This tension between access and costs leads to the third policy principle: providing more focused care in an efficient manner. Access would be universal and costs would be reduced by limiting the range of services that are covered. These objectives can be achieved by introducing a formal system of rationing. Under such a system all citizens would be affected much like the current systems in Canada, England, New Zealand and other countries. The idea is to prioritize services and treatments, consciously and ethically balancing health care needs with budgetary constraints.
The argument for rationing is that the states (and the federal government) cannot currently finance a system of universal health care coverage. In the United States, implicit rationing of services occurs through market allocations: Those who can afford it get as much medical care as they desire and those who can't get only the health care benefits provided through the welfare system or through the insurance that is available to them. Equity and ethical considerations would lead one to say that there may be ways which are more "fair" for distributing those health care benefits that society can realistically afford. Consequently, formal systems of rationing are needed to limit the amount and type of care that will be publicly financed.
Twenty-seven states are currently considering some form of rationing, and Oregon is attempting to implement its 1989 legislation calling for rationing of services to Medicaid recipients. That implementation has created a great deal of controversy nationally, and it is unclear how Oregon's plan is going to work. A panel of 11, including doctors, health care administrators and citizens, has been developing a list of dangerous diseases that can be easily treated, such as pneumonia or appendicitis, and prevention-oriented measures, such as prenatal care. High on the list of priorities are pain killers for dying cancer patients; at the bottom are illnesses that are incurable or do not respond to treatment or those that are purely cosmetic. U.S. Rep. Henry A. Waxman (D-Calif), chairman of the House committee that oversees health care related legislation, is very skeptical of Oregon's plan. To fully implement the plan, Oregon needs a Medicaid waiver. The state has applied for the waiver but has yet to receive it.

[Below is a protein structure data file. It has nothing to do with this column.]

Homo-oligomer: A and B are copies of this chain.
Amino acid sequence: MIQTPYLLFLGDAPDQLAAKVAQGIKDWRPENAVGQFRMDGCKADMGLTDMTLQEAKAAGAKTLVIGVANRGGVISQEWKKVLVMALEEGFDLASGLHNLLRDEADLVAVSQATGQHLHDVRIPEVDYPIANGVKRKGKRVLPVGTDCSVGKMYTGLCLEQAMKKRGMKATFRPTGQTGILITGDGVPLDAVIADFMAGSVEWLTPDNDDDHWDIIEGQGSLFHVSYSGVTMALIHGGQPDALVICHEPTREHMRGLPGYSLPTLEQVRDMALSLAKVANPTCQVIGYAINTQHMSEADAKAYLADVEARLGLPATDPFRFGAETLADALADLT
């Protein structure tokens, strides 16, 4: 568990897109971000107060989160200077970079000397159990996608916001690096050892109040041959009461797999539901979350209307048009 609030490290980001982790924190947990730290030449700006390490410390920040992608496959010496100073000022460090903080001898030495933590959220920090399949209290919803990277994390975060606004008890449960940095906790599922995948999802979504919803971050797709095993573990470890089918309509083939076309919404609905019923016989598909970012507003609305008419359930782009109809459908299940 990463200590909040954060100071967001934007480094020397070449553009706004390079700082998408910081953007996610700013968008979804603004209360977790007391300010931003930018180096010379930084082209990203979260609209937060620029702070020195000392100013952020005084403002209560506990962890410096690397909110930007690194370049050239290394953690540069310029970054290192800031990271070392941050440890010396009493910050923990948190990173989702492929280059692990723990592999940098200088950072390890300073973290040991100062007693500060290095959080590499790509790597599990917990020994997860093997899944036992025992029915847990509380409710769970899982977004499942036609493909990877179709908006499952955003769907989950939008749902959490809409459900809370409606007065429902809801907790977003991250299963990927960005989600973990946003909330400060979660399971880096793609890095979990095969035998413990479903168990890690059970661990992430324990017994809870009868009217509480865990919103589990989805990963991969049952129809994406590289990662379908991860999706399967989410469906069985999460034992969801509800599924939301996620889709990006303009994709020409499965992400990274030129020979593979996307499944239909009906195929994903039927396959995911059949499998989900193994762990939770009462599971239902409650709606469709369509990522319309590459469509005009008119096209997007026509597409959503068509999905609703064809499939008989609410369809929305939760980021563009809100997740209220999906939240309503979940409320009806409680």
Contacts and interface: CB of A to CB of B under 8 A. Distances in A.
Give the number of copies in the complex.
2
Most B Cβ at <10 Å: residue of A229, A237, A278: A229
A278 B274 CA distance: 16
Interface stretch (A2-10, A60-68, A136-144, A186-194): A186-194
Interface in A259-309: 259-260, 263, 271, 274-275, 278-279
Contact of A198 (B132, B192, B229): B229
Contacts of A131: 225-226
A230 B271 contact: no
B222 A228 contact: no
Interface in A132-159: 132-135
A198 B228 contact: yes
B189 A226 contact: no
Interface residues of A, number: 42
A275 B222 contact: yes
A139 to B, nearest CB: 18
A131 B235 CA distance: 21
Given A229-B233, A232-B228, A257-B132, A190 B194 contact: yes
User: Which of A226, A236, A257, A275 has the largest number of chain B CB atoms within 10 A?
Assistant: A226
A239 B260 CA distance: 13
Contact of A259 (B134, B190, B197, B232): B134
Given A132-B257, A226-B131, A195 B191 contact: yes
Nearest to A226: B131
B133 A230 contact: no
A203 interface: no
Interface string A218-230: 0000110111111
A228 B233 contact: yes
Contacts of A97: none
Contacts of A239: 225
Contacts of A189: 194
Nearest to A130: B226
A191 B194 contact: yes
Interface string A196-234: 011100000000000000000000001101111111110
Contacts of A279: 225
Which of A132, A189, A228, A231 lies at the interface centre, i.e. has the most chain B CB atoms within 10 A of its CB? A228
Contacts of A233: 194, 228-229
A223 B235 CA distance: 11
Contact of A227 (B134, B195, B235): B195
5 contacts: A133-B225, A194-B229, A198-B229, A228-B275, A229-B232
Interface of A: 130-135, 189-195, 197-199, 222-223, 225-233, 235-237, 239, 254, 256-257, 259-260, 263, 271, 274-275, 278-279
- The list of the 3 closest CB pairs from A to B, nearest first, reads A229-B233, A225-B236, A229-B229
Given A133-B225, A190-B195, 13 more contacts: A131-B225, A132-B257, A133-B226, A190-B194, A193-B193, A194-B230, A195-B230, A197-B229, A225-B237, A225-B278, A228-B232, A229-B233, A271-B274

Clearly, the development of a rationing system is very difficult and politically sensitive. If properly conceived, it can assure the most beneficial services to the maximum number of patients. If properly developed, individuals must never wait in a long queue with the chance that death may come before reaching the front of the line.
The largest single problem in the health care crisis is the mismatch between people's expectations for health care for all and the realities of what the health care system costs. Illinois as well as the rest of the nation must develop policies that result in the provision of some minimal level of health care services to everyone. The source of payment for that system must be carefully worked out so as to not generate more medically indigent by increasing levels of unemployment. This policy must be implemented with systems of incentives that generate efficient levels of consumption and production. Finally, we probably cannot avoid implementing some form of formal rationing.
It is clear that the Illinois General Assembly is expected to respond to issues of health care access. It is not clear whether such tough policy decisions will come sooner or later. Meanwhile, the pillars of the old policies grow ever more fragile.
Robert F. Rich is director of the Institute of Government and Public Affairs and professor of political science and health resources management at the University of Illinois. Richard J. Arnould is professor of economics and director of the Program in Health Economics, Management and Policy at the University of Illinois.
January 1992/Illinois Issues/23